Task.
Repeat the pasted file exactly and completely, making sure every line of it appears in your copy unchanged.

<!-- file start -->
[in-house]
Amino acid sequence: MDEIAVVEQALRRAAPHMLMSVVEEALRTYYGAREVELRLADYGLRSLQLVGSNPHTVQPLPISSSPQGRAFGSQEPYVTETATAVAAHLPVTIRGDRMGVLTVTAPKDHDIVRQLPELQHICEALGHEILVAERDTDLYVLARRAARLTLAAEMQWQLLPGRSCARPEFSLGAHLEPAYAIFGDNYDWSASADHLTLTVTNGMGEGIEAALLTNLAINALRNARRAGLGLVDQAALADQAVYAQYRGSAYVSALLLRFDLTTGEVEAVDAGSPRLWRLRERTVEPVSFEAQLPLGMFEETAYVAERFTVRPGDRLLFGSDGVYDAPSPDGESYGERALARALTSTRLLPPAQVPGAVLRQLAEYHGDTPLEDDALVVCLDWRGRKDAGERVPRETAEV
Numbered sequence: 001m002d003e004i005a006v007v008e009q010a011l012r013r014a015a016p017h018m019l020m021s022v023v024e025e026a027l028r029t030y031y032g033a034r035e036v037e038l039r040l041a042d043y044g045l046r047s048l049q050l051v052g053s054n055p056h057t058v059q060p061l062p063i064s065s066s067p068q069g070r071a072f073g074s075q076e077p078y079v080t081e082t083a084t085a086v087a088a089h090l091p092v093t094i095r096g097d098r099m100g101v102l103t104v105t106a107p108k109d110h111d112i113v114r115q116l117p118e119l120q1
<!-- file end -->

[in-house]
Amino acid sequence: MDEIAVVEQALRRAAPHMLMSVVEEALRTYYGAREVELRLADYGLRSLQLVGSNPHTVQPLPISSSPQGRAFGSQEPYVTETATAVAAHLPVTIRGDRMGVLTVTAPKDHDIVRQLPELQHICEALGHEILVAERDTDLYVLARRAARLTLAAEMQWQLLPGRSCARPEFSLGAHLEPAYAIFGDNYDWSASADHLTLTVTNGMGEGIEAALLTNLAINALRNARRAGLGLVDQAALADQAVYAQYRGSAYVSALLLRFDLTTGEVEAVDAGSPRLWRLRERTVEPVSFEAQLPLGMFEETAYVAERFTVRPGDRLLFGSDGVYDAPSPDGESYGERALARALTSTRLLPPAQVPGAVLRQLAEYHGDTPLEDDALVVCLDWRGRKDAGERVPRETAEV
Numbered sequence: 001m002d003e004i005a006v007v008e009q010a011l012r013r014a015a016p017h018m019l020m021s022v023v024e025e026a027l028r029t030y031y032g033a034r035e036v037e038l039r040l041a042d043y044g045l046r047s048l049q050l051v052g053s054n055p056h057t058v059q060p061l062p063i064s065s066s067p068q069g070r071a072f073g074s075q076e077p078y079v080t081e082t083a084t085a086v087a088a089h090l091p092v093t094i095r096g097d098r099m100g101v102l103t104v105t106a107p108k109d110h111d112i113v114r115q116l117p118e119l120q1